I’ve met and interviewed people who not only have spent time facedown in the arena, but also were brave enough to open their eyes to the suffering of others lying there with them. Brené Brown
If then there is any encouragement in Christ, any consolation from love, any sharing in the Spirit, any compassion and sympathy, make my joy complete: be of the same mind, having the same love, being in full accord and of one mind. The Apostle Paul, Philippians 2:1-2
There is an old religious joke that says if you have two rabbis, priests or pastors you’ve probably got three opinions. The joke works for republicans and democrats too. (Picture the presidential election debates where 12 party rivals are arguing on stage at once.)
In real life, there are theological differences, political resentments and radically differing ideologies in religion and politics. While I doubt that we can change that any times soon, I have great faith that you and I can develop the eyes and heart of compassion to treat people with love and care.
I’ve been at a big dinner of ‘dignitaries’ where the person saying grace reminded us: “Remember, the most interesting person in the room is the person sitting next to you.” I need these reminders day by day, moment by moment.
So, how is it possible to live the way Paul envisions– thinking, loving and regarding everyone’s opinions as better than one’s own? Or how do we have compassion for others when we ourselves are face down in the arena?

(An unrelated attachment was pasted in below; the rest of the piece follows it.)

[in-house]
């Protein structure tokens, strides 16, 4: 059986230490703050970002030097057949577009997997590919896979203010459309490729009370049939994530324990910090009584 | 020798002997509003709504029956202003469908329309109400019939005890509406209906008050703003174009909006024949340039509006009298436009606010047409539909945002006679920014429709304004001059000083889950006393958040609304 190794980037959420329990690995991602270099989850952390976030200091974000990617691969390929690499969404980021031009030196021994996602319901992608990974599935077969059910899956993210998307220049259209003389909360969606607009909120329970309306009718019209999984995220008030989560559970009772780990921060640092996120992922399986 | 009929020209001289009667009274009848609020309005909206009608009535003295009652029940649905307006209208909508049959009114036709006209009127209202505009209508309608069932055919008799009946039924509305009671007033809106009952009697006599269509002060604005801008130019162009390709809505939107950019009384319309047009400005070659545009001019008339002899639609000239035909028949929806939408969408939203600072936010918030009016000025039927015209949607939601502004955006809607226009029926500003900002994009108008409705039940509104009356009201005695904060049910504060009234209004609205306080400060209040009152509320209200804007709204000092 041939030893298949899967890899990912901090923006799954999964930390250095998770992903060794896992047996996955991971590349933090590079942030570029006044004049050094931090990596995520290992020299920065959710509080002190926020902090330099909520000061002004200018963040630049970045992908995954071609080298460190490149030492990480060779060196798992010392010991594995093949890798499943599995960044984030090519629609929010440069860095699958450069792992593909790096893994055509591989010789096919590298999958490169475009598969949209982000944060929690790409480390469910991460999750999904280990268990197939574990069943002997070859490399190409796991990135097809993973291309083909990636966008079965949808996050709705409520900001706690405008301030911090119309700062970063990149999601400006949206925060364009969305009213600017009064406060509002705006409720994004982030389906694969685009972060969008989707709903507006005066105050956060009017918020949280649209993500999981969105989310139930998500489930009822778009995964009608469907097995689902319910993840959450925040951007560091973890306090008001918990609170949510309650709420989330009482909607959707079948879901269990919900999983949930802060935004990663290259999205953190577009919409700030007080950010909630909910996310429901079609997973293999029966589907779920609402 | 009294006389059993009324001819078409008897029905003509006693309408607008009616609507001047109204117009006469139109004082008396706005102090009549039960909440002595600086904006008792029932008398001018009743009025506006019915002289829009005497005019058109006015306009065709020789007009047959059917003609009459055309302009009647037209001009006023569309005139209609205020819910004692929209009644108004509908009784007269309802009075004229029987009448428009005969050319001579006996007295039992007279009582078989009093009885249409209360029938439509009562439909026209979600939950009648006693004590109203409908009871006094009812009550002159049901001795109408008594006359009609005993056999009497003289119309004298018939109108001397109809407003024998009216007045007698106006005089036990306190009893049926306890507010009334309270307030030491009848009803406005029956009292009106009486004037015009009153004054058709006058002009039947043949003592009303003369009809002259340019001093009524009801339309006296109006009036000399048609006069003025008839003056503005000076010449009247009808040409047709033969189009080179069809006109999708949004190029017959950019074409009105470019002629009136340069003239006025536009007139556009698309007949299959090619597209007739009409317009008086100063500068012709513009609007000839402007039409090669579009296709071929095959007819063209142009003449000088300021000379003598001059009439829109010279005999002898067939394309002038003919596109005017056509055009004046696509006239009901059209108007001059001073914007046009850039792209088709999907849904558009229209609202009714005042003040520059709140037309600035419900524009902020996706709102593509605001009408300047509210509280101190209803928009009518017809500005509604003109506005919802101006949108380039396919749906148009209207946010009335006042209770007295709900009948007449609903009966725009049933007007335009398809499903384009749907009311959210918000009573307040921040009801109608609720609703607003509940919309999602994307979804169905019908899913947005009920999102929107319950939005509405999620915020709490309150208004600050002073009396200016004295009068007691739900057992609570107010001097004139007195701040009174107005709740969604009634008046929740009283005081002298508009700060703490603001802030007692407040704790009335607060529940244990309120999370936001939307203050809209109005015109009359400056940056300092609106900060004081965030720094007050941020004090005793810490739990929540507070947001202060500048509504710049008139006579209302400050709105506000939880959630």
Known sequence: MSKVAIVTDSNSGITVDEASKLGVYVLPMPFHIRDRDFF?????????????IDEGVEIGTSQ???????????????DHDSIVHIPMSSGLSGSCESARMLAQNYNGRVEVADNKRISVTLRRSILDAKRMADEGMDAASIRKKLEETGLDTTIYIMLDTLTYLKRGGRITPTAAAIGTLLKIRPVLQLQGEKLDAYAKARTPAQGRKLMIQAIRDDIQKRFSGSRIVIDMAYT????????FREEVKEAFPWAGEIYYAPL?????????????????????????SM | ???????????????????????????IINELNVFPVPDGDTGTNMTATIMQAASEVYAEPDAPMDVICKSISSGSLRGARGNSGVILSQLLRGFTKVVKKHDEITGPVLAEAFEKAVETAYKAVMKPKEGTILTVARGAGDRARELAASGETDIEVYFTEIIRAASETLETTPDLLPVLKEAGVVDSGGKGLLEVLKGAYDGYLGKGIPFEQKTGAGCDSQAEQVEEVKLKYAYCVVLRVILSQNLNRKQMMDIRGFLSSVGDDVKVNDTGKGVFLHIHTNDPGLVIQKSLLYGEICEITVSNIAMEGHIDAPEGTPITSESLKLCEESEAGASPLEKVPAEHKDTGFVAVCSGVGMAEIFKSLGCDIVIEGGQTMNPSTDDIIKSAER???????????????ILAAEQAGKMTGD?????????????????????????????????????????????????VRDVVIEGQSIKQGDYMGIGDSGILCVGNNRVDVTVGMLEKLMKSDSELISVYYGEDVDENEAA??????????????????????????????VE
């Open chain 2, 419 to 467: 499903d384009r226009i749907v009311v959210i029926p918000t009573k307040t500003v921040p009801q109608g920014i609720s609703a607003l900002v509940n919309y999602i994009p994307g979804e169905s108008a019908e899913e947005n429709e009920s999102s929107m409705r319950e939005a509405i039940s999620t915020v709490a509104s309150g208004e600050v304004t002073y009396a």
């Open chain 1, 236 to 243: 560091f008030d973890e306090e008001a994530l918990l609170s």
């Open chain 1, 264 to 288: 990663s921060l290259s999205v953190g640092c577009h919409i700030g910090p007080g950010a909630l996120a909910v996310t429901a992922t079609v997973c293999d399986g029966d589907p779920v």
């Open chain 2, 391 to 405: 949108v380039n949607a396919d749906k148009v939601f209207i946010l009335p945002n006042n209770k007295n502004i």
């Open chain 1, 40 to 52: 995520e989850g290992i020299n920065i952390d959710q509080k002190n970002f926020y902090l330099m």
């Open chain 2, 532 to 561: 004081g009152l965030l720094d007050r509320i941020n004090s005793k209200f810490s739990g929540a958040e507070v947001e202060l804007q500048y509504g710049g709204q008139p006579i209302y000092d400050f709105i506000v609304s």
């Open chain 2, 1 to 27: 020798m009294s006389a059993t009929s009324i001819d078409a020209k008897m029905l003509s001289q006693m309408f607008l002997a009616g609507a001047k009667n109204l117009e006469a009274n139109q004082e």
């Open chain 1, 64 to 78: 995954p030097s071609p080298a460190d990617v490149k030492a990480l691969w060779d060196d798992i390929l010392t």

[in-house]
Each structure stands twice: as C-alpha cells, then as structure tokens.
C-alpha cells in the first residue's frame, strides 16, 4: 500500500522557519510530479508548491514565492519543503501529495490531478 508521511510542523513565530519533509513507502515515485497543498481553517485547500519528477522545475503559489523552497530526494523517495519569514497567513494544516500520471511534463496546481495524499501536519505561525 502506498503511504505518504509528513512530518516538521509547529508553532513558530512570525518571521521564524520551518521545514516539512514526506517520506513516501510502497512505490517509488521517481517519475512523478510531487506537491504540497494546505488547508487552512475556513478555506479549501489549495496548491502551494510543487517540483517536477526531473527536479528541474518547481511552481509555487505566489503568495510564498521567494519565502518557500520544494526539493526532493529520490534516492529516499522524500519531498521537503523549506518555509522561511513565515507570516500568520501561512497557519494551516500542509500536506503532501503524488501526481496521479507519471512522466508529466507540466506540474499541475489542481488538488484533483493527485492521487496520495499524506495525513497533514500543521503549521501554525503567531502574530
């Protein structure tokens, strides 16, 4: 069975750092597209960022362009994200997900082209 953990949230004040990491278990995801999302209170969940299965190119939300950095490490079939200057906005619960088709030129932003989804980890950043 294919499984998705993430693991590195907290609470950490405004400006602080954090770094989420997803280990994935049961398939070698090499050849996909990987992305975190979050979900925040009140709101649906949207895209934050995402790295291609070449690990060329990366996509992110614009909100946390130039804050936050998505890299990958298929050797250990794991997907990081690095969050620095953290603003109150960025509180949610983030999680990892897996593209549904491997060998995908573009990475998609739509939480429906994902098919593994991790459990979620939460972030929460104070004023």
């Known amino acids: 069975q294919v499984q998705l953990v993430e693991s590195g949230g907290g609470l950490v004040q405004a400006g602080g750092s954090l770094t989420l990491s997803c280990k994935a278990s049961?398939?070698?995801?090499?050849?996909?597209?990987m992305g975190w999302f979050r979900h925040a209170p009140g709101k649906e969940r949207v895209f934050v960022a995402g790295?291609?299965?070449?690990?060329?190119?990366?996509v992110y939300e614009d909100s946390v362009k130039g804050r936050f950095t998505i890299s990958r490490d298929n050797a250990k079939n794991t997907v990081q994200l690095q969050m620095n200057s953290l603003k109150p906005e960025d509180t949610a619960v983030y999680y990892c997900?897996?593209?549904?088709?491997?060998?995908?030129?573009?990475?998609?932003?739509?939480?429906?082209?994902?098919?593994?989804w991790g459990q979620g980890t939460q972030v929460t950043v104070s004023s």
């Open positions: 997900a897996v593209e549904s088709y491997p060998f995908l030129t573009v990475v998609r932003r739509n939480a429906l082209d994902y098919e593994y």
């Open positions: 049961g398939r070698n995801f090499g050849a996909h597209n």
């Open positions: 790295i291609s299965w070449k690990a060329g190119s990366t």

Simple thought: The habit of compassion (skill of empathy) is a miracle of grace and transformation, and the rising strong process sure helps!
I’ll leave us to meditate on the words of American Buddihist nun Pema Chödrön as quoted in Rising Strong:
When we practice generating compassion, we can expect to experience our fear of pain. Compassion practice is daring. It involves learning to relax and allow ourselves to move gently toward what scares us….In cultivating compassion we draw from the wholeness of our experience—our suffering, our empathy, as well as our cruelty and terror. It has to be this way. Compassion is not a relationship between the healer and the wounded. It’s a relationship between equals. Only when we know our own darkness well can we be present with the darkness of others. Compassion becomes real when we recognize our shared humanity.
God of Compassion, help me to see my suffering neighbor as an equal. When I see my neighbor’s pain, help me to recognize my own wounds and long for my own healing.
Reading Focus for Rising Strong, by Brené Brown
We are well into week two, and heading into week three, of this 6-week study. The focus is Chapters 3-5 of Rising Strong. The topics are: Owning our stories, reckoning with emotion, the rumble and Living BIG.